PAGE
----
Set against the backdrop of the post-Civil War South, Orgon, a man of property is duped by the false piety of Tartuffe, a penniless conman. Orgon takes him into his house, believing him a paragon of virtue. Dorine, the family servant, Orgon’s wife and other members of the family try to expose Tartuffe but most of their strategies comically misfire. Their attempts only anger Orgon, and to prove paternal power, he disinherits his son and makes Tartuffe his heir. Tartuffe finally shows his colors, and with the bailiff at the door ordering Orgon to vacate his own home and with Tartuffe filing suit to prove Orgon's a traitor, all seems lost.
It's 1934, and Shakespeare's most famous fairies, Oberon and Puck, have magically materialized on the Warner Bros. Hollywood set of Max Reinhardt's A Midsummer Night's Dream. Instantly smitten by the glitz and glamour of show biz, the two are ushered onto the silver screen to play (who else?) themselves. With a little help from a feisty flower, blonde bombshells, movie moguls, and arrogant "asses" are tossed into loopy love triangles, with raucous results. The mischievous magic of moviedom sparkles in this hilarious comic romp.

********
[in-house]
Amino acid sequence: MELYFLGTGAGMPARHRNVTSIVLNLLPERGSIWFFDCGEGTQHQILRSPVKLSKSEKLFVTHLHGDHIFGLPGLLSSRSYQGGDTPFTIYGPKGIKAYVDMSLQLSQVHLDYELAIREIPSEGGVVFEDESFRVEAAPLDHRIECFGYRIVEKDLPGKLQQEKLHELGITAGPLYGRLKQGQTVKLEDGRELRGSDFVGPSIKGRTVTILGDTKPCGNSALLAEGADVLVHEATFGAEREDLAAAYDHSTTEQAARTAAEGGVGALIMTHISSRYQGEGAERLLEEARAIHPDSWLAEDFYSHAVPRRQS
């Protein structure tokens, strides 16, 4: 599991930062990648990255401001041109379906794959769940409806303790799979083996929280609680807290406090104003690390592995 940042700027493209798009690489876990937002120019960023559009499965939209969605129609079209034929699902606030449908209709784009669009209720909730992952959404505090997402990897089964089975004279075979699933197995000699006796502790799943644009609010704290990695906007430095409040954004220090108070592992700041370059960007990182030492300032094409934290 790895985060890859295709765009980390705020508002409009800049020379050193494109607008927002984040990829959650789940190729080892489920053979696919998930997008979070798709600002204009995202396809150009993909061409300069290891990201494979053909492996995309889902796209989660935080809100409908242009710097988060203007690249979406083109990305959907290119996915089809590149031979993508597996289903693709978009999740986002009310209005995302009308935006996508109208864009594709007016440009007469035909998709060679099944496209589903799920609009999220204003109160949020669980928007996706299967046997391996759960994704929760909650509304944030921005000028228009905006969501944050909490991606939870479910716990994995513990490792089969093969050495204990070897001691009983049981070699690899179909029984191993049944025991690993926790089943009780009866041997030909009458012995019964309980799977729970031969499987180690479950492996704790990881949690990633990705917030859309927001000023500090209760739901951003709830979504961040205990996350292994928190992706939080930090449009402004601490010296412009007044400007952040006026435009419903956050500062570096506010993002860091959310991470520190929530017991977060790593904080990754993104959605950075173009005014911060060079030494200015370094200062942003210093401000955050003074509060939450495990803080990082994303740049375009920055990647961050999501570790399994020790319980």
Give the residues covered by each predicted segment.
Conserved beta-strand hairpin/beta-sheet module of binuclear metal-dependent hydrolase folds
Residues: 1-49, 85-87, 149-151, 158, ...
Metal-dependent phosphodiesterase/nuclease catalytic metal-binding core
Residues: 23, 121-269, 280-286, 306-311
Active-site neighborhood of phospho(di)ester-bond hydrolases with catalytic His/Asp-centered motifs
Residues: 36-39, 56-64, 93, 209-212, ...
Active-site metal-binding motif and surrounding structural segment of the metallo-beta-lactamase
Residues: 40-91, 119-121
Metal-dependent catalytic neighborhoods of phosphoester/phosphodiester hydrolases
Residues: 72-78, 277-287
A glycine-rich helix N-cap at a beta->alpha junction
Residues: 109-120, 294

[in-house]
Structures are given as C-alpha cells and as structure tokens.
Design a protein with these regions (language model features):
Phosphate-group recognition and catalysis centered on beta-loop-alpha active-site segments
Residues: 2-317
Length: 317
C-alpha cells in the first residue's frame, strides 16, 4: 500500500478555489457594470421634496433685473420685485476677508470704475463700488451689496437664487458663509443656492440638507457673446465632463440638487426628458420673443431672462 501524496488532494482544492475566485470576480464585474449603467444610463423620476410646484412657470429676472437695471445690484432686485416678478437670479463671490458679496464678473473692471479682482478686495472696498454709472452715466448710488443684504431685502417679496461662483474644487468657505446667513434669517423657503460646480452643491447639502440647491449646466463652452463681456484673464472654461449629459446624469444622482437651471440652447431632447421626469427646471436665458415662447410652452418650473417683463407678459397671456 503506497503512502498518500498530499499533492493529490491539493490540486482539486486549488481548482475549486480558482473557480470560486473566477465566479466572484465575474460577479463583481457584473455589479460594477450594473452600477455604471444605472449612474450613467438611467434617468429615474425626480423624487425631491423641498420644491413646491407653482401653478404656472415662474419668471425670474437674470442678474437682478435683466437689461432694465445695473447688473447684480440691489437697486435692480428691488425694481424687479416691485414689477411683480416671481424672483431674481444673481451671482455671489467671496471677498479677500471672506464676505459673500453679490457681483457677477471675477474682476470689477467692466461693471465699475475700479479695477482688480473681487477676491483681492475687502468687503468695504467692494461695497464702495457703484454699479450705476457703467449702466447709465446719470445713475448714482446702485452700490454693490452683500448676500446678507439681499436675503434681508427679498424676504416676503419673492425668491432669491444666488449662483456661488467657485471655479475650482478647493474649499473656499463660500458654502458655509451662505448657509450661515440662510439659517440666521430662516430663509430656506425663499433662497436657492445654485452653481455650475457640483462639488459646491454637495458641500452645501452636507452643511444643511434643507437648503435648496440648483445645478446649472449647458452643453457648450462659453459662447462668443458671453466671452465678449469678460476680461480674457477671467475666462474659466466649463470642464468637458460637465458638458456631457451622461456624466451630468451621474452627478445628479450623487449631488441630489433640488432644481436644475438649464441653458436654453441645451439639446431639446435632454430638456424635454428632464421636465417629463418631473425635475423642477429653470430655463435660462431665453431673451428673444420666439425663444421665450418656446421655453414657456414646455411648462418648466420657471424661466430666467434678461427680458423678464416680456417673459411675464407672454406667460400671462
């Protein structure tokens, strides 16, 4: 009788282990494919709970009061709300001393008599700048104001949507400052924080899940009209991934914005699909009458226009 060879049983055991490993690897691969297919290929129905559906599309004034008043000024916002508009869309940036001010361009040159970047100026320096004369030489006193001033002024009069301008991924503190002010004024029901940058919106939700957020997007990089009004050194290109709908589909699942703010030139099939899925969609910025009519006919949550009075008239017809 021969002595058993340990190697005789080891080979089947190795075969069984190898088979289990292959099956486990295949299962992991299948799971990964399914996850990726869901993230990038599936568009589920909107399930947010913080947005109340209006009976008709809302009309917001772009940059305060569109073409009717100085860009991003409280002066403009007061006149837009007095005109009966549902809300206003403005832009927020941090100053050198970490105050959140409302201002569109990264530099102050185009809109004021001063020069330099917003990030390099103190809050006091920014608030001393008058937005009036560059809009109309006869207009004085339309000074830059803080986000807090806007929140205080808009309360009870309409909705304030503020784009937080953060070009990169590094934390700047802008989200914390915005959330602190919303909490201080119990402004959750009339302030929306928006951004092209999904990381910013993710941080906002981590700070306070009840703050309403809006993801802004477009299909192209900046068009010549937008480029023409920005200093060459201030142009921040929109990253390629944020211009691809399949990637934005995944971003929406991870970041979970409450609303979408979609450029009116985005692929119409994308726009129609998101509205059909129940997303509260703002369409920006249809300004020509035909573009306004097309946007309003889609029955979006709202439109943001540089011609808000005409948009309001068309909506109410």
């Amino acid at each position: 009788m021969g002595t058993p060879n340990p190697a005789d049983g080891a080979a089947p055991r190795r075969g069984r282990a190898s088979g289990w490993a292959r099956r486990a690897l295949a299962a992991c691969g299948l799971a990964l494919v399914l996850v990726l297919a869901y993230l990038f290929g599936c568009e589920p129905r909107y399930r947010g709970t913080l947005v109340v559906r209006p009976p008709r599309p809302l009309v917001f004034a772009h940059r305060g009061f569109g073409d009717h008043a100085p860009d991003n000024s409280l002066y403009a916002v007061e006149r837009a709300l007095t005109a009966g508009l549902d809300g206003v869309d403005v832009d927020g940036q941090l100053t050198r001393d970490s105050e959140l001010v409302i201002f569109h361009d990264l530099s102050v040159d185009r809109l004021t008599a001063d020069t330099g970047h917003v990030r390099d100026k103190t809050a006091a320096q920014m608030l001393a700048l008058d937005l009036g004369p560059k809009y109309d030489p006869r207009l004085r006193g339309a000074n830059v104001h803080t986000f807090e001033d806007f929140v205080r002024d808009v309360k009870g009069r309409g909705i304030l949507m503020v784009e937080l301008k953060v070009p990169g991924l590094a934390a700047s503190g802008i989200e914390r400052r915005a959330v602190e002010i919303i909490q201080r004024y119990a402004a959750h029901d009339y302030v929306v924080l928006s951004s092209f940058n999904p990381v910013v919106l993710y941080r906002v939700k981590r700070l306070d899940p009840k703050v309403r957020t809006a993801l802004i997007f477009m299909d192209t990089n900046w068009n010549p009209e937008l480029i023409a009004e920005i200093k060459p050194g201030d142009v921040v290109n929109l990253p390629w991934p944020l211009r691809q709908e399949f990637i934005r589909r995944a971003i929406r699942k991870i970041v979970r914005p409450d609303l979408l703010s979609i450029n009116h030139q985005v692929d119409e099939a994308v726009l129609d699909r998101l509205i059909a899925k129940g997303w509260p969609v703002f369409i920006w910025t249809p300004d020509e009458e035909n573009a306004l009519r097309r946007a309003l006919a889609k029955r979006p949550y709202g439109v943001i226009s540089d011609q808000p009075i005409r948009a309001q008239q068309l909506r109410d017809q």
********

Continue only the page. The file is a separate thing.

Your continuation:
Elwood P. Dowd insists on including his friend Harvey in all of his sister Veta’s social gatherings. Trouble is, Harvey is an imaginary six-and-a-half-foot-tall rabbit. To avoid future embarassment for her family—and especially for her daughter, Myrtle Mae—Veta decides to have Elwood committed to a sanitarium.
Filled with strong, colorful, comedic characters, a snappy supporting cast of many dozens, and an abundance of witty dialogue, Clare Boothe Luce’s The Women is juicy, wicked, and full of guilty fun. both a scathing commentary on the life of the superficial, selfish socialite and a knowing, heart-felt depiction of romantic rivalry, toxic friendships, and the thousands of supporting roles women play in offices, salons, and their own lives.
by Charles Dickens
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